Is Everybody Happy?
Buying a business? Expect an attrition rate of at least 50 percent of the clientèle, says Rachel Kosmal McCart of Equine Legal Solutions, Inc. (www.equinelegalsolutions.com). That’s even if you make major improvements.
“You might be making positive changes, but existing clientèle were happy with the way things were,” explains McCart. “It’s why they are there. When you come in, you will be somebody different. Horse people—like all people—can be resistant to change.” As “Sue” knows all too well, terms and conditions of these types of deals are very individual, and McCart agrees.
You’ve probably thought that a non-compete clause in that contract would be useful. It is, but requires sound professional advice. “Non-compete” is a term used in contract law under which one party (usually an employee) agrees not to pursue a similar profession or trade in competition against another party (usually the employer). You can apply this to the training business, because a trainer could sell a business, promise he or she is moving to Siberia, and—surprise!—that trainer is right down the street, setting up at a new place.
“Seek local counsel where you are, as enforcement of non-compete clauses varies widely from state to state,” McCart advises. “Most of the time you must draft them very carefully to be enforceable, and often the clauses must be limited by duration and geographic scope, among other parameters.”
Put Out the Welcome Mat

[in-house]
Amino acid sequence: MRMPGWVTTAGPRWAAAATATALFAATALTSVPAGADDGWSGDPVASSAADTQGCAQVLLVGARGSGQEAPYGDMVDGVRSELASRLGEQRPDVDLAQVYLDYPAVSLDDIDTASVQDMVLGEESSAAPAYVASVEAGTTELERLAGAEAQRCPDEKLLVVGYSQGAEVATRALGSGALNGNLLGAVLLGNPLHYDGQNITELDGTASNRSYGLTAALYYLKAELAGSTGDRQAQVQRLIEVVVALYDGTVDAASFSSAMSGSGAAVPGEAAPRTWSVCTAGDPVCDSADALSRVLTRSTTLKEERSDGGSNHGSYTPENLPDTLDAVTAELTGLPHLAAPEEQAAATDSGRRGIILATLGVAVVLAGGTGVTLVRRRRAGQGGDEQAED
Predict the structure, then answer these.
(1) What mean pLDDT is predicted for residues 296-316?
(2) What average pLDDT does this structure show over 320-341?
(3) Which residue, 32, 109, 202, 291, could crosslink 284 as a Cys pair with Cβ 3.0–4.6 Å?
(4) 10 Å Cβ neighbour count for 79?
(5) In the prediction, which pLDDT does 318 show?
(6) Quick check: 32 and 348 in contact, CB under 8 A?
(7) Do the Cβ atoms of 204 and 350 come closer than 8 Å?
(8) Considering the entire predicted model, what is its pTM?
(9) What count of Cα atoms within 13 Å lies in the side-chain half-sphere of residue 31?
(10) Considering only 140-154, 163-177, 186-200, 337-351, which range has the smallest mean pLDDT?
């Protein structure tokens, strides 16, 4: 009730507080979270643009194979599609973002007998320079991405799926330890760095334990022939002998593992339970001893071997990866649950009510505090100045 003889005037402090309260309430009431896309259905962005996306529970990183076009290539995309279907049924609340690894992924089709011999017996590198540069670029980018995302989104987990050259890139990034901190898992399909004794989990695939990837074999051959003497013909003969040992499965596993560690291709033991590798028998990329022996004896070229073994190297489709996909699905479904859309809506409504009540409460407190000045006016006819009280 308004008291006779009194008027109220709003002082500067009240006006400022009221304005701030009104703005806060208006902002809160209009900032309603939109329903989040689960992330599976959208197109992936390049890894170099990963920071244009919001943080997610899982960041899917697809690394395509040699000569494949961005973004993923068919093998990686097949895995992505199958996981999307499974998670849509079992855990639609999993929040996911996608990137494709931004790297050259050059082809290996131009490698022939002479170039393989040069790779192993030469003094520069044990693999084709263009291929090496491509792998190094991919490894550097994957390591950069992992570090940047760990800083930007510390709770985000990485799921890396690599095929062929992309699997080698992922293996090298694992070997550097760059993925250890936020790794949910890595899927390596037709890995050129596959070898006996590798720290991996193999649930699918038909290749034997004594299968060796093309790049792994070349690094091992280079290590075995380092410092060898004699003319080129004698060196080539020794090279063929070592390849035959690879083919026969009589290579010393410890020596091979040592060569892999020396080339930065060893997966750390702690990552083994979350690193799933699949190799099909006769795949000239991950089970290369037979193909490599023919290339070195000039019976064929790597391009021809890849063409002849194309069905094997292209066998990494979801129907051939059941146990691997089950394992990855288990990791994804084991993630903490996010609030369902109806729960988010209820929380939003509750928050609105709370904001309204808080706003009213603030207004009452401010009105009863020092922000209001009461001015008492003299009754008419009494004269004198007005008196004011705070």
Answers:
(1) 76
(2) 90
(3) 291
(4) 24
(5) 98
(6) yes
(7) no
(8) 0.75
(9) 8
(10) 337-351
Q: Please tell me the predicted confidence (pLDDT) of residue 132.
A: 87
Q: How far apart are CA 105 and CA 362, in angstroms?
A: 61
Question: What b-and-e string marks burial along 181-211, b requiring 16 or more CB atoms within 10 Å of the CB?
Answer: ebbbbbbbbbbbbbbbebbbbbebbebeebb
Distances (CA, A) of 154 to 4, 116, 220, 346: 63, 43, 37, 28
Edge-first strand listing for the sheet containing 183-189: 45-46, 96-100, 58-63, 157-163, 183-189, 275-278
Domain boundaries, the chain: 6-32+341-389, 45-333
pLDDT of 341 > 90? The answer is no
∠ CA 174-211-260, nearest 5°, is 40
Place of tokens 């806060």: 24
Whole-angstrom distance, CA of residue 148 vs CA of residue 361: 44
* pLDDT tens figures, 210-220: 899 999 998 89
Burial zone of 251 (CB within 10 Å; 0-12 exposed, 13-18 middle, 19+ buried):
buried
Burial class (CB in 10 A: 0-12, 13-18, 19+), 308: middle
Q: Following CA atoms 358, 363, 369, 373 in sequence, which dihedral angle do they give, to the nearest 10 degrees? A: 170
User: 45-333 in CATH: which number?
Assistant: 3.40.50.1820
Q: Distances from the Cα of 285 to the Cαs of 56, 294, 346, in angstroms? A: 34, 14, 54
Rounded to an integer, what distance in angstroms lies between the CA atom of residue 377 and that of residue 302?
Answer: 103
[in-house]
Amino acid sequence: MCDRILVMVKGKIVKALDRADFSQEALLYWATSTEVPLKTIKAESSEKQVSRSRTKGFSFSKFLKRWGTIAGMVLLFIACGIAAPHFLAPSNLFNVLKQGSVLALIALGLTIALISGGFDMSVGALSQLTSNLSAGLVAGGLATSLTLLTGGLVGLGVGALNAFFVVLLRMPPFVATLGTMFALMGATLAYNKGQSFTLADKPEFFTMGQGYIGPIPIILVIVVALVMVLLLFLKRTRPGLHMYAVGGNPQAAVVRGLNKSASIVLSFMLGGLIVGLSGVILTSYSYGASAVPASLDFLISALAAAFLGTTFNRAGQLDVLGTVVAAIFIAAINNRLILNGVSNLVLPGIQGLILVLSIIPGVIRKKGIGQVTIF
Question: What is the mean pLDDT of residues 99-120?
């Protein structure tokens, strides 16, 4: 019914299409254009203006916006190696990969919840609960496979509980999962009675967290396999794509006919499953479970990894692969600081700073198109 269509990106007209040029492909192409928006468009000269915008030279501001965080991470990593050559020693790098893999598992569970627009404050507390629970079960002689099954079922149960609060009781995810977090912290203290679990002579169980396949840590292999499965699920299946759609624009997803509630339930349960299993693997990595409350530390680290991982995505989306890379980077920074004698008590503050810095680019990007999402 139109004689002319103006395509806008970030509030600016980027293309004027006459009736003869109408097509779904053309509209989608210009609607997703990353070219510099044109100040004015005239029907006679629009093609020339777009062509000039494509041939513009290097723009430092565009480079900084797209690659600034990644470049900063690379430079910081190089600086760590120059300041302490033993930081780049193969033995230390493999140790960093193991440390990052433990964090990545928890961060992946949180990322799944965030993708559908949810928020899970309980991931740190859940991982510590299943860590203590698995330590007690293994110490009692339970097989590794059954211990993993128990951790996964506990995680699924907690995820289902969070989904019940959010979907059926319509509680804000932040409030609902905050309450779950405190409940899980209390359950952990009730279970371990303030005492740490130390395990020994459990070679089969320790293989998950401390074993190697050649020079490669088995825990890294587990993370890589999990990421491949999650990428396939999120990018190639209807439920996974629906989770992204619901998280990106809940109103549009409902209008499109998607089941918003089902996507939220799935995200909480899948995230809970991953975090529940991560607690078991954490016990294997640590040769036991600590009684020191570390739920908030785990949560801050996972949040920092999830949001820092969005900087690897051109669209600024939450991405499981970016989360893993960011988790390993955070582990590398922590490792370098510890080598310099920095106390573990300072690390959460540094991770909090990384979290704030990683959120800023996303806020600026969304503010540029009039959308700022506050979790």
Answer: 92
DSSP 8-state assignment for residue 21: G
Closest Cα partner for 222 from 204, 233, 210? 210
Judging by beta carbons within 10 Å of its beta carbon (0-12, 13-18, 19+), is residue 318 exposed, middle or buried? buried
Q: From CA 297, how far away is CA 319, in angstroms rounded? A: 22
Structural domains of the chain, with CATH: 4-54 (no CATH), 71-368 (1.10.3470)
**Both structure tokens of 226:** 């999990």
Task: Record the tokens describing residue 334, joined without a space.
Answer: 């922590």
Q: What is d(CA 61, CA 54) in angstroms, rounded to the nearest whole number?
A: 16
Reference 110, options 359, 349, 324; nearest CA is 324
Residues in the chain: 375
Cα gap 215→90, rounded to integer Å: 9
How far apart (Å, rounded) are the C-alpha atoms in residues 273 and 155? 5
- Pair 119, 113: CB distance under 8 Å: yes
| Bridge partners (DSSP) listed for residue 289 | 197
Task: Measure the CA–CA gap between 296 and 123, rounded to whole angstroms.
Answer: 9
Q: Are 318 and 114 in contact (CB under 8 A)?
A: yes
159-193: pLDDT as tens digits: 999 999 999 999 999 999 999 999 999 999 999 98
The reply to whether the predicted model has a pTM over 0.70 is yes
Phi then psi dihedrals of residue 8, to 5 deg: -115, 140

As our contributors would agree, a barn meeting or social event with snacks and beverages is a great way to announce changes in as positive a way as you can, says McCart. Then, she advises that you talk about how changes will benefit boarders and why they’re occurring.
Here’s the caveat: Hold the meeting early, before barn gossip rears its pervasive, insidious head, leading to inaccuracies. Keep the rumor mill to a low roar if possible.
What if you want to do an extreme barn makeover? Your intentions may be great, but if board was really inexpensive and you make your place into a showplace, “you’ll have to be prepared to lose all of your boarders who think you’ve changed the facility into one they don’t want,” McCart warns.
But there is an upside: if you undertake major construction, it’s best not to have anyone around. Then, as you rebuild, advertise the place as “under new management,” and with positive improvements made, you’ll restructure the way you want.
Should you change the name? “If the place has a really horrible reputation…yes! If not, and everyone knows where it is, probably not,” says McCart.
A Business Decision
Whether buying or selling, you must always be a savvy businessperson. Assume nothing. Buying someone else’s training business is no different than buying any customer-oriented service business, warns Laura Hays of Nantua Farm in Richmond, Ky. (www.nantuafarm.com), who focuses on retraining off-the-track Thoroughbreds. While she didn’t purchase an equine business, she did buy a local gym studio. And the lessons learned are similar.
The gym studio she took on had terrible client retention and sales. Hays overhauled the whole thing, offering monthly payment plans, discounts for a year’s registration, added classes and better-qualified instructors, plus competitive and recreational teams. She cleaned the place up, bought new carpeting and says, “Sometimes you must spend money to get new clients.”
She also says:?Don’t come in high-handed, changing the rules. “Spend time asking clients what they like and don’t like. Granted, some requests are ridiculous and I say, ‘Sorry I can’t make you happy. Let me give you your money back.’ ” Hays now does back flips over the gym’s success, as it has a waiting list.
Buying or selling an existing equine business has its advantages and disadvantages. But if you approach the process with eyes wide open, there will be fewer surprises.